“Red Flag” Behaviors of Occupational Fraud Perpetrators
Most crimes of occupational fraud are motivated, at least in part, by some kind of financial pressure. And while committing a fraud, the perpetrator will frequently display certain behavioral traits associated with the stress or fear of being caught.
These “red flags” are behavioral and system-based clues that can be picked up by attentive managers, colleagues, internal auditors, or subordinates. In turn, these clues can put an organization “on notice” that a trusted individual may be engaging in some form of improper or fraudulent conduct.
The Association of Certified Fraud Examiners (ACFE) in its 2012 Report to the Nations pinpointed the most common behavioral red flags associated with occupational fraud. The ACFE examined the frequency with which certain behavioral red flags were identified during a fraudulent scheme.
Red Flags of Individual Behavior
In 81% of the cases studied, the perpetrator had displayed at least one—usually more than one—behavioral red flag. The chart below shows the percentage of cases in which a red flag was reported in the 2012 study.
Red Flags of Organizational Behavior
Aside from red flags concerning individuals who perpetrate fraud, there are also red flag behaviors and practices of organizations that are known to perpetrate fraud.
Red flags for a business include:
- Use of suspect financial partners, from banks to accountants.
- Incomplete, missing, or non-standard documentation used in business dealings.
- Suspicious or sham subsidiary companies or entities set up to conceal deception.
- Track record of sloppy, secretive, or irregular accounting activity.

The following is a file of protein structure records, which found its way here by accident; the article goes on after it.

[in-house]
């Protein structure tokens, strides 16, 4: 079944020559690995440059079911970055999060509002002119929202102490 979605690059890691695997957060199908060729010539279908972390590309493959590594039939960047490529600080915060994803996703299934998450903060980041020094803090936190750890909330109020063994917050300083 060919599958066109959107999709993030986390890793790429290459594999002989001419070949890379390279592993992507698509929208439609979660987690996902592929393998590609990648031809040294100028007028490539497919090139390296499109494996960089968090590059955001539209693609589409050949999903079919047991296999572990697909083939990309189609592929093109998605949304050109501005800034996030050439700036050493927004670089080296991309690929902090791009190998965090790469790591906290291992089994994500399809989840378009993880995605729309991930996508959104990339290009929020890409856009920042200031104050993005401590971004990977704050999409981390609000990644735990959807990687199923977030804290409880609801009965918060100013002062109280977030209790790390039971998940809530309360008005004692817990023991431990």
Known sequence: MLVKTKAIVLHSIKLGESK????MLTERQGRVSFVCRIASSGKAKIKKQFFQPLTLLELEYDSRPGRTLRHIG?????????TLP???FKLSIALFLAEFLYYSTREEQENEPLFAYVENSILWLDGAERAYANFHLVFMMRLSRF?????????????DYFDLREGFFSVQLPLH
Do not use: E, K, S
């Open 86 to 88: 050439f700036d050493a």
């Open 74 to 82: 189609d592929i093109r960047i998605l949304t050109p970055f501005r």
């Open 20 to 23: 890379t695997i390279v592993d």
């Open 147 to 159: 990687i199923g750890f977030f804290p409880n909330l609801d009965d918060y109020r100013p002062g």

- Non-adherence to company policies, including subordinates being directed to bend or break rules.
- Exclusive or preferred treatment of vendors, often under the guise of sole source contracts.
- Existence of evergreen contracts (no end date or review).
- Previous complaints, allegations, or concerns over company or employee conduct.
- Conflicts of interest are the norm, rather than the exception.
- Organizational absence or confusion about ethics.
- Key individual and/or organizational due diligence comes back negative.
- 25% or more of business with a single customer increases moral hazards.
- Performance-based remuneration (i.e. results-at-all-costs attitude) is pervasive—everyone knows the cost of everything but the value of nothing.
Complacency is Enemy #1
When it comes to limiting the losses associated with occupational fraud, prevention is critical. Fraud prevention measures ranging from anti-fraud training, reporting programs (whistleblower programs), and hiring policies to “setting the tone from the top,” performing risk audits and assessments, and putting in place strong anti-fraud controls are essential in being proactive about risks.
As author and leadership expert Robert Stevenson pointed out in his keynote address at a recent ERM Conference, “If you don’t like paying attention to risk, you will hate paying attention to extinction.” He emphasized the need to approach risk management beyond just reducing the chance of losses, but rather to ensure the survival of an organization. He emphasized, “Future success is not inevitable because of past triumphs.” In other words, waiting until something ‘bad’ happens is waiting too long.